War and upheaval across parts of the Middle East and North Africa in recent years have driven more than 13 million children from school – 40 percent of the affected area’s school-age population, the United Nations said Wednesday.
A report by UNICEF, the U.N. Children’s Fund, cast a sobering new light on the subtle long-term destructive consequences of violent conflicts that have convulsed a region encompassing all or portions of Syria, Iraq, Lebanon,Jordan, Turkey, Yemen, Libya, Sudan and the Palestinian territories, particularly Gaza.
In some countries – particularly Syria, which once had one of the world’s highest literacy rates – many children who ordinarily would be third or fourth graders by now have rarely if ever been inside a classroom.
“Attacks on schools and education infrastructure – sometimes deliberate – are one key reason many children do not attend classes,” UNICEF said in a summary of the report.
In Syria, Iraq, Yemen and Libya alone, it said, nearly 9,000 schools are out of use because they have been “damaged, destroyed, are being used to shelter displaced families or have been taken over by parties to the conflict.”
Other reasons, the summary said, include “the fear that drives thousands of teachers to abandon their posts, or keeps parents from sending their children to school because of what might happen to them along the way – or at school itself.”
Dr. Peter Salama, the UNICEF regional director for the Middle East and North Africa, said the report was based on calculations from the combined data for each individual population that have been compiled by the agency over the years.
“We’ve had country-specific numbers in the past, but not the aggregate of major trends in the region,” Salama said in a telephone interview from Amman,Jordan. “For us, it’s actually quite staggering when you aggregate the numbers across these countries.”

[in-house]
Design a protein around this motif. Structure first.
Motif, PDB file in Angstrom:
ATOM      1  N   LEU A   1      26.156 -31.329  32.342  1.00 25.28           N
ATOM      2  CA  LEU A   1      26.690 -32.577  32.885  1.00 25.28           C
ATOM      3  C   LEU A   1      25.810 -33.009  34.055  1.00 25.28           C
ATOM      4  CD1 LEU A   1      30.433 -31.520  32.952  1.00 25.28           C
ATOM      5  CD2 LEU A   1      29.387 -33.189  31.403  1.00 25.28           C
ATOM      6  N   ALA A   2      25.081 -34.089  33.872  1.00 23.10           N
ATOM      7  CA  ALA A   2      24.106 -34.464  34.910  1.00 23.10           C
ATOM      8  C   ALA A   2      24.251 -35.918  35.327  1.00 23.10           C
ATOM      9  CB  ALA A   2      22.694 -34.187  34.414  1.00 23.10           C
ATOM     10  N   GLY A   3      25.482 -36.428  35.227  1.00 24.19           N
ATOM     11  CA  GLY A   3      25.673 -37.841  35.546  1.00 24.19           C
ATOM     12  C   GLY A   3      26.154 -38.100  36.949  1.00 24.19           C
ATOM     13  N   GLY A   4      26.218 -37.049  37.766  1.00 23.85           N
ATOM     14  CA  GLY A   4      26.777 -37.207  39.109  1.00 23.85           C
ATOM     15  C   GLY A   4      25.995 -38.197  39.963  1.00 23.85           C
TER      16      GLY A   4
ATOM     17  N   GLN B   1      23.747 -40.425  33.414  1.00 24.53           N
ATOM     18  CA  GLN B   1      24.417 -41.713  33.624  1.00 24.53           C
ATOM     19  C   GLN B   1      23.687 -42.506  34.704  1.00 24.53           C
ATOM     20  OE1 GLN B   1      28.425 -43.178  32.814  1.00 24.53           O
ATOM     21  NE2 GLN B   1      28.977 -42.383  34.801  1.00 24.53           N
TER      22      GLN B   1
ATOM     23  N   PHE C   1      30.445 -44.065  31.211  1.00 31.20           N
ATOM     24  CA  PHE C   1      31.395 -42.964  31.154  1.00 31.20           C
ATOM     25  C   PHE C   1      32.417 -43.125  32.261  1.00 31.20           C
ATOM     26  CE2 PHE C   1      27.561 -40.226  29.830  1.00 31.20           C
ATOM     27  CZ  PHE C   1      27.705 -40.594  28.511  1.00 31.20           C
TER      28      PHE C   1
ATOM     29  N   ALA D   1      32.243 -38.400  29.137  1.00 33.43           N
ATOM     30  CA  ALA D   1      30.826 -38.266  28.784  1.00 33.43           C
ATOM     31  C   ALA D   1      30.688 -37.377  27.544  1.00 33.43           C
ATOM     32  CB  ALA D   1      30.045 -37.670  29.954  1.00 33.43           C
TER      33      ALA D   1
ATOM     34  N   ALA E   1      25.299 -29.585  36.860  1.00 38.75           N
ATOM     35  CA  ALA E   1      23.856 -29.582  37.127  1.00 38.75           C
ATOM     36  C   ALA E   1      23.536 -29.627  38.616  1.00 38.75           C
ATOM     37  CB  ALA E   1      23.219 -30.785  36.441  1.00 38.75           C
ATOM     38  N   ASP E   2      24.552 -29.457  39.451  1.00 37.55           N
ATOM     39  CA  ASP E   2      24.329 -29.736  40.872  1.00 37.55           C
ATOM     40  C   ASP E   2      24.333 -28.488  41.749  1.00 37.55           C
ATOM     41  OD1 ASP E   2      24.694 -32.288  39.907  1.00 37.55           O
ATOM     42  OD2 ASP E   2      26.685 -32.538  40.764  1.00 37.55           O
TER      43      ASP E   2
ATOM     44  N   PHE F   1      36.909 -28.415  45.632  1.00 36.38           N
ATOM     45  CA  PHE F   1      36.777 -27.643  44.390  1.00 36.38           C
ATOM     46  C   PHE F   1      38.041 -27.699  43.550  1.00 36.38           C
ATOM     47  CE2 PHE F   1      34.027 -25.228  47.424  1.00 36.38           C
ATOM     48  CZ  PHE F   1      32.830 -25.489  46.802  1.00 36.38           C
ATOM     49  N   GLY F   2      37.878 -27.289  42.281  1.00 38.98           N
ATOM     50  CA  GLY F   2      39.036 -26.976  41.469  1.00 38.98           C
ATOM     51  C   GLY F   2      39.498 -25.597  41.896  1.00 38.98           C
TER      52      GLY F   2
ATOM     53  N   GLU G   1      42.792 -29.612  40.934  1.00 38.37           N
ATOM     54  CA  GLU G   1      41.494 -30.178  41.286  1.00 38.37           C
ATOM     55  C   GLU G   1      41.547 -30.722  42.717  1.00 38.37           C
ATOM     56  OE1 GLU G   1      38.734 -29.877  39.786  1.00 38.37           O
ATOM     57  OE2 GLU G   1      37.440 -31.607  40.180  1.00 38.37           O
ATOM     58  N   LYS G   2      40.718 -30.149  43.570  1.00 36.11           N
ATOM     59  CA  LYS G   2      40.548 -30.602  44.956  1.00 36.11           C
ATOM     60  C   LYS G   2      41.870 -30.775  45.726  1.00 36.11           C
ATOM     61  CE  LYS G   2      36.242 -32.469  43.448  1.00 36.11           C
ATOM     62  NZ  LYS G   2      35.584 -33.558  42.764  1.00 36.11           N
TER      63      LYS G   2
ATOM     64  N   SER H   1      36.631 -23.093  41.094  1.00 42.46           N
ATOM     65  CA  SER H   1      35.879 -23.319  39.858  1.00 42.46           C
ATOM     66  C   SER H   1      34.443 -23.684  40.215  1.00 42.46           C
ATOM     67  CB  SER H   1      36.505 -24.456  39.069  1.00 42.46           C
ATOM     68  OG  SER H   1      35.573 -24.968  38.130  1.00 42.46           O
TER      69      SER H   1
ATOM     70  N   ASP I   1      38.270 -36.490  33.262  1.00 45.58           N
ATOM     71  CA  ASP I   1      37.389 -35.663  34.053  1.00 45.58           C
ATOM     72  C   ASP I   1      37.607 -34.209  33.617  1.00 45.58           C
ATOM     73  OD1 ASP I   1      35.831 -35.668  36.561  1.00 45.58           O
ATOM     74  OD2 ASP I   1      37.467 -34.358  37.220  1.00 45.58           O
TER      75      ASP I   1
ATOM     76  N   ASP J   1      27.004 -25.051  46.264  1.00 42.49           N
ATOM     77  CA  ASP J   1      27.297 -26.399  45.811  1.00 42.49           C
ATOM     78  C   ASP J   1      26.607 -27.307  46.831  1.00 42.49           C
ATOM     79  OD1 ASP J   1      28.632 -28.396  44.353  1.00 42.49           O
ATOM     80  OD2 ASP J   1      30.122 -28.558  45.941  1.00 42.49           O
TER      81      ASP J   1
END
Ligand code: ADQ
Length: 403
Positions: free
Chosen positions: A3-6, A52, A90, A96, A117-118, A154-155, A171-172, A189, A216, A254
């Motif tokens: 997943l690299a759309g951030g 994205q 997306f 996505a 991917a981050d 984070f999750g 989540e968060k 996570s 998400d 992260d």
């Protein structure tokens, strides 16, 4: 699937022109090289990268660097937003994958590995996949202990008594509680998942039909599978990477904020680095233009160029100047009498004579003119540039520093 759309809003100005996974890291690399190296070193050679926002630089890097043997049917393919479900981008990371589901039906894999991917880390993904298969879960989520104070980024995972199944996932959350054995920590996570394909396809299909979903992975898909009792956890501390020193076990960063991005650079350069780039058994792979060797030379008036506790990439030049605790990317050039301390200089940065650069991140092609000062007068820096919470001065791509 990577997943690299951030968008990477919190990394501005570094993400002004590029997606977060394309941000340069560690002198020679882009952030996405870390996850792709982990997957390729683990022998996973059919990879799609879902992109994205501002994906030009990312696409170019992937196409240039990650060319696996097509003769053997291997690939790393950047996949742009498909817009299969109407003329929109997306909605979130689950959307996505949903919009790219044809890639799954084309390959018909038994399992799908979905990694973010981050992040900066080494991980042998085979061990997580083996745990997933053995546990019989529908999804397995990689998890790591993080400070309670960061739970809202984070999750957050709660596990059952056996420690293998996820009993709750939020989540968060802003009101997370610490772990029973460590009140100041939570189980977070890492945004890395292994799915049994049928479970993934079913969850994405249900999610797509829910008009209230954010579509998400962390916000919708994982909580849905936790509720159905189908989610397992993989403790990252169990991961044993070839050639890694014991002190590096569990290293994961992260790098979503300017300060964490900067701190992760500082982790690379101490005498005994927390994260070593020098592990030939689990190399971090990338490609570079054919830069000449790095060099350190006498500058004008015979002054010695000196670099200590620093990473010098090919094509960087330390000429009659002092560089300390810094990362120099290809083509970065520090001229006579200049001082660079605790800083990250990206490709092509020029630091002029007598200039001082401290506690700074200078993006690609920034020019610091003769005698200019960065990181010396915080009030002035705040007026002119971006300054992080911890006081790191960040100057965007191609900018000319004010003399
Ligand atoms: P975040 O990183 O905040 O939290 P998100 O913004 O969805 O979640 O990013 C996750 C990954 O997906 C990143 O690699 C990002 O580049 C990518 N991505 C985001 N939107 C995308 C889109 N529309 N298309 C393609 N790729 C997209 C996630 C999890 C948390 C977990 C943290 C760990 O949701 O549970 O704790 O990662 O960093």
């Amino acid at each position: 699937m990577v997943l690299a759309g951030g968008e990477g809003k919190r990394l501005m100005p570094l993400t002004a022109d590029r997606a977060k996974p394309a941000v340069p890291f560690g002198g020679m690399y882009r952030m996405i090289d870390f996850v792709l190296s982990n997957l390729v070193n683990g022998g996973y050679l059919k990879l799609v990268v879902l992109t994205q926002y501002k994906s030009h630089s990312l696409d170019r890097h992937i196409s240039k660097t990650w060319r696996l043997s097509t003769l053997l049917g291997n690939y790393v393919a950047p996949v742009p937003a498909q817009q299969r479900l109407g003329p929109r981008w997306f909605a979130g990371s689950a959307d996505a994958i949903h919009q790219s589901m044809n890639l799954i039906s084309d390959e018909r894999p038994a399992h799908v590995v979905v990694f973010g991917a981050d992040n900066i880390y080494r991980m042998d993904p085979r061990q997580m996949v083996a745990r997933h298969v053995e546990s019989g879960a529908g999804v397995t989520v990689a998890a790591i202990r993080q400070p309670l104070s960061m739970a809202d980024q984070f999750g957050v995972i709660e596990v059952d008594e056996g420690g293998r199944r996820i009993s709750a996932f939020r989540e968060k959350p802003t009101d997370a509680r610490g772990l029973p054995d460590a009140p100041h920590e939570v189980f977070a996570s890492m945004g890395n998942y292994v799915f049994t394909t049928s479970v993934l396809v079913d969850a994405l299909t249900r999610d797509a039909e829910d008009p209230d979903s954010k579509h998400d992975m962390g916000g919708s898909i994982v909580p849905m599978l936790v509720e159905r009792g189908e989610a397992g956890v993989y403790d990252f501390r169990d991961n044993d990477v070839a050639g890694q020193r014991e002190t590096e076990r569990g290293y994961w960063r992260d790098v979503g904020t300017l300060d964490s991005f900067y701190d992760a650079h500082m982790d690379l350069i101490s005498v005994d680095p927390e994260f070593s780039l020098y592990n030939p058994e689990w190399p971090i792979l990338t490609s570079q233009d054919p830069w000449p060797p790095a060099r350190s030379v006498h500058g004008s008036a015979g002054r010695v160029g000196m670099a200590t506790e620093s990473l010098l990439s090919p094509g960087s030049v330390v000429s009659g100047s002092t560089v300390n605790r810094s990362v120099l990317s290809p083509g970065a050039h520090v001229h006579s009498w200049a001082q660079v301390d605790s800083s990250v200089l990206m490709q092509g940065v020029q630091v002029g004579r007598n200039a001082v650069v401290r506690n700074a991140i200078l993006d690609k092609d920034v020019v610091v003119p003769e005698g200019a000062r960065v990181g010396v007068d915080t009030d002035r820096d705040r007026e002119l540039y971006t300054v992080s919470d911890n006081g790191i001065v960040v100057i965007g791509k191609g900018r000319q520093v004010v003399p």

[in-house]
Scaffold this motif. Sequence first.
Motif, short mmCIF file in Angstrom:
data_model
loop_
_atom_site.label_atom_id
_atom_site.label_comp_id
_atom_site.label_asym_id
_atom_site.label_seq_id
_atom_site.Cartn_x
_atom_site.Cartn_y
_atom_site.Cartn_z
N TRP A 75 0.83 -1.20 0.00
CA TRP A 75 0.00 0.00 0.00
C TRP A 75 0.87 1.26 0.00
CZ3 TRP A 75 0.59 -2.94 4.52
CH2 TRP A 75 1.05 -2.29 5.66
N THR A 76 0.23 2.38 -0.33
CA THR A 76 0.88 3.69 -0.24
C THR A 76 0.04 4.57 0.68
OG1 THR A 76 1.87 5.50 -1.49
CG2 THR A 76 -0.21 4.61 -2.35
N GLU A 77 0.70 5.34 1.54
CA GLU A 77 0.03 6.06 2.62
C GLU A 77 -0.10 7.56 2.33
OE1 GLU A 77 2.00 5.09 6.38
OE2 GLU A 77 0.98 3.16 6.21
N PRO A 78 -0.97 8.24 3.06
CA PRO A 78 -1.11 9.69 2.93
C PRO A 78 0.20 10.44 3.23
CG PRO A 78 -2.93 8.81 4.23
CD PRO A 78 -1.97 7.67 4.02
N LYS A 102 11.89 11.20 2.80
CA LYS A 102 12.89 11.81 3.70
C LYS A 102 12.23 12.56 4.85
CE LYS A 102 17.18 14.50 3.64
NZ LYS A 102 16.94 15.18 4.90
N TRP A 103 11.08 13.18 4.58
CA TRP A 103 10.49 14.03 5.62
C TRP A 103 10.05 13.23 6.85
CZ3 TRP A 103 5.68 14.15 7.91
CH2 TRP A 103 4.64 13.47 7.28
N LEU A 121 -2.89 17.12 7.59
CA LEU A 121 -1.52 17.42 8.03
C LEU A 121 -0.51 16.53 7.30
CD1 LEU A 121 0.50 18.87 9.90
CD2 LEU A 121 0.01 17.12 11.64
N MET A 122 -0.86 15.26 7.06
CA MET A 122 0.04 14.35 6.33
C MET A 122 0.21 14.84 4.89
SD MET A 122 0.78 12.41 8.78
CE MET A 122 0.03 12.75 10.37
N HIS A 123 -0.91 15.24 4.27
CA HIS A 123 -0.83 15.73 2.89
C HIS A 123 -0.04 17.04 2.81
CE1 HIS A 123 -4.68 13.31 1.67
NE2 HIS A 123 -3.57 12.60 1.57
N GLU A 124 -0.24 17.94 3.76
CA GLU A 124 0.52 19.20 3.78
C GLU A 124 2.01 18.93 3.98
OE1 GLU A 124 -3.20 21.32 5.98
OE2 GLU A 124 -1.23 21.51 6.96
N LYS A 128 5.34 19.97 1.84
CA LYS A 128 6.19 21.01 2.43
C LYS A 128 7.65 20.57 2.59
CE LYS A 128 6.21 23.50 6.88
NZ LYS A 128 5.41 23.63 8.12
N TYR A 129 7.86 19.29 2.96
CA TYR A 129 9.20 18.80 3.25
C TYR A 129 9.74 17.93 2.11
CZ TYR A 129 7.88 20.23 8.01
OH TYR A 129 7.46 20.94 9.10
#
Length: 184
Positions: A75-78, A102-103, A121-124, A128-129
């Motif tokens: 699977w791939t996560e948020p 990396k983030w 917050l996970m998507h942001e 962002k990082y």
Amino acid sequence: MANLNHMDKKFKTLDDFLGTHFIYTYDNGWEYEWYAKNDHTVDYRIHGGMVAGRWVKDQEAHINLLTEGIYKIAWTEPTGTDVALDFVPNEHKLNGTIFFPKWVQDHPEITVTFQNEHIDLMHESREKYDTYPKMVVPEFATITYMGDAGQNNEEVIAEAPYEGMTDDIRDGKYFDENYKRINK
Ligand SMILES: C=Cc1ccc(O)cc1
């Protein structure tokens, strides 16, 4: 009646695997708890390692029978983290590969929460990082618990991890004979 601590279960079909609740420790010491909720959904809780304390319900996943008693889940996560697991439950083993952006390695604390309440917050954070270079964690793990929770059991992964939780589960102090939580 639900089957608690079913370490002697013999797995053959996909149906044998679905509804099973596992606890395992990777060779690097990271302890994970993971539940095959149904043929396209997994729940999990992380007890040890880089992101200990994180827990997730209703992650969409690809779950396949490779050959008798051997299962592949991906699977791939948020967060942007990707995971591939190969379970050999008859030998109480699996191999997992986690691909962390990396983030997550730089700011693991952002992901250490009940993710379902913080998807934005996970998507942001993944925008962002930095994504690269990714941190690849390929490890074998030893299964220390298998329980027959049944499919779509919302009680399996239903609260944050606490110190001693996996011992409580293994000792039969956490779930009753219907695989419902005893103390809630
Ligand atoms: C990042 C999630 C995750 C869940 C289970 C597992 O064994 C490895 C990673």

Five or 10 years ago, he said, it was unusual to have even 10 percent ofthe school-age populations in the region out of school. “Now it’s 40 percent,”he said.
“Their educational achievements are going to be quite low,” he said. “These are the future professionals in these societies.”
While death, mayhem, hunger and disease are among the most obvious risks to civilians in these conflict zones, the collapse in primary education is another compelling reason for families with young children to flee. This partly explains the increasing surge of migrants into Europe, Salama said.
“Seventy to 80 percent of asylum seekers have been from Syria,” he said.“It’s not coincidental.”In Jordan, Lebanon and Turkey, where millions of Syrians have fled since the war in their homeland began in 2011, more than 700,000 refugee children are unable to attend school because the education systems in those countries cannot cope with the extra load, the report said.
Salama said the report highlighted what he called another alarming issue: If children are not in school, they are often working, and exploited in hazardous jobs.
A parallel trend, he said, is increased recruitment of children into military and paramilitary organizations.
“In the past there was child recruitment, but it tended to be older boys in noncombat roles,” Salama said. “That has really changed in the last year or two.”
He said, “We are on the verge of a lost generation of kids.”